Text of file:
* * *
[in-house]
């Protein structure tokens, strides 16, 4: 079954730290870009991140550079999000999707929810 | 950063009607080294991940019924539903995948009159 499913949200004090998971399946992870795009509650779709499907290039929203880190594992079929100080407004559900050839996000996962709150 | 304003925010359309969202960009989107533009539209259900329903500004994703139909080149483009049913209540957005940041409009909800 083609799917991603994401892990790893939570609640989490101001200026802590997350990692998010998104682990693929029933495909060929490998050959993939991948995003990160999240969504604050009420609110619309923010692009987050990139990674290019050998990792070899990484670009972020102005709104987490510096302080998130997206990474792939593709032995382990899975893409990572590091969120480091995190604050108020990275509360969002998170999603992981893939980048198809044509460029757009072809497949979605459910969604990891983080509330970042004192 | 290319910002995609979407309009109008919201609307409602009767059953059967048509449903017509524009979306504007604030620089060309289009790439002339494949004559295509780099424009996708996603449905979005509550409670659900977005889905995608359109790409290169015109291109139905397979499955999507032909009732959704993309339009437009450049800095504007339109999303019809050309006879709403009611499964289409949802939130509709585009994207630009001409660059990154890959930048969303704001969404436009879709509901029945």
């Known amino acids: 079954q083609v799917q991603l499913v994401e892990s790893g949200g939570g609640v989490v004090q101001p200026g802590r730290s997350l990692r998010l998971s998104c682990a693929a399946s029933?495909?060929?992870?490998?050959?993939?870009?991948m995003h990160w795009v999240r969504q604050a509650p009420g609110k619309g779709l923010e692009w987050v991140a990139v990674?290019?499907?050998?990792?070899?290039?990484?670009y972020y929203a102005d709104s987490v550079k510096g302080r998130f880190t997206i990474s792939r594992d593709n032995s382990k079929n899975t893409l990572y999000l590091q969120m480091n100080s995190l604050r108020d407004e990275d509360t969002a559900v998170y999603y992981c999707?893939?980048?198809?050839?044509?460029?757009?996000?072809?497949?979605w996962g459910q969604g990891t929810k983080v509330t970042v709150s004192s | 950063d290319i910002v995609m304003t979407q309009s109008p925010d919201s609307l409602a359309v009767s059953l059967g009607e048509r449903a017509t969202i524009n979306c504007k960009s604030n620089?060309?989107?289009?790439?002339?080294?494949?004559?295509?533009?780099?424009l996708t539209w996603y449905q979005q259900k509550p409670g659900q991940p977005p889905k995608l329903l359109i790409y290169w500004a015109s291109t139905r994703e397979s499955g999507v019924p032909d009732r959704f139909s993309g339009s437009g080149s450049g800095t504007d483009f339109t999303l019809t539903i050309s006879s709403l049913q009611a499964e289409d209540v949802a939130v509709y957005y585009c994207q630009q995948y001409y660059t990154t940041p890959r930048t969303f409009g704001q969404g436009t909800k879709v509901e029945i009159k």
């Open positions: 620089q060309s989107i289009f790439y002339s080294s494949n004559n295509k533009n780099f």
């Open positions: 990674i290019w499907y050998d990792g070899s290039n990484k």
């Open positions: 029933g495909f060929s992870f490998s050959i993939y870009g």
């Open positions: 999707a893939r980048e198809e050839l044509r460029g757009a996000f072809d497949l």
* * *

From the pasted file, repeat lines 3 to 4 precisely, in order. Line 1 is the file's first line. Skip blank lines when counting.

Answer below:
């Known amino acids: 079954q083609v799917q991603l499913v994401e892990s790893g949200g939570g609640v989490v004090q101001p200026g802590r730290s997350l990692r998010l998971s998104c682990a693929a399946s029933?495909?060929?992870?490998?050959?993939?870009?991948m995003h990160w795009v999240r969504q604050a509650p009420g609110k619309g779709l923010e692009w987050v991140a990139v990674?290019?499907?050998?990792?070899?290039?990484?670009y972020y929203a102005d709104s987490v550079k510096g302080r998130f880190t997206i990474s792939r594992d593709n032995s382990k079929n899975t893409l990572y999000l590091q969120m480091n100080s995190l604050r108020d407004e990275d509360t969002a559900v998170y999603y992981c999707?893939?980048?198809?050839?044509?460029?757009?996000?072809?497949?979605w996962g459910q969604g990891t929810k983080v509330t970042v709150s004192s | 950063d290319i910002v995609m304003t979407q309009s109008p925010d919201s609307l409602a359309v009767s059953l059967g009607e048509r449903a017509t969202i524009n979306c504007k960009s604030n620089?060309?989107?289009?790439?002339?080294?494949?004559?295509?533009?780099?424009l996708t539209w996603y449905q979005q259900k509550p409670g659900q991940p977005p889905k995608l329903l359109i790409y290169w500004a015109s291109t139905r994703e397979s499955g999507v019924p032909d009732r959704f139909s993309g339009s437009g080149s450049g800095t504007d483009f339109t999303l019809t539903i050309s006879s709403l049913q009611a499964e289409d209540v949802a939130v509709y957005y585009c994207q630009q995948y001409y660059t990154t940041p890959r930048t969303f409009g704001q969404g436009t909800k879709v509901e029945i009159k």
């Open positions: 620089q060309s989107i289009f790439y002339s080294s494949n004559n295509k533009n780099f």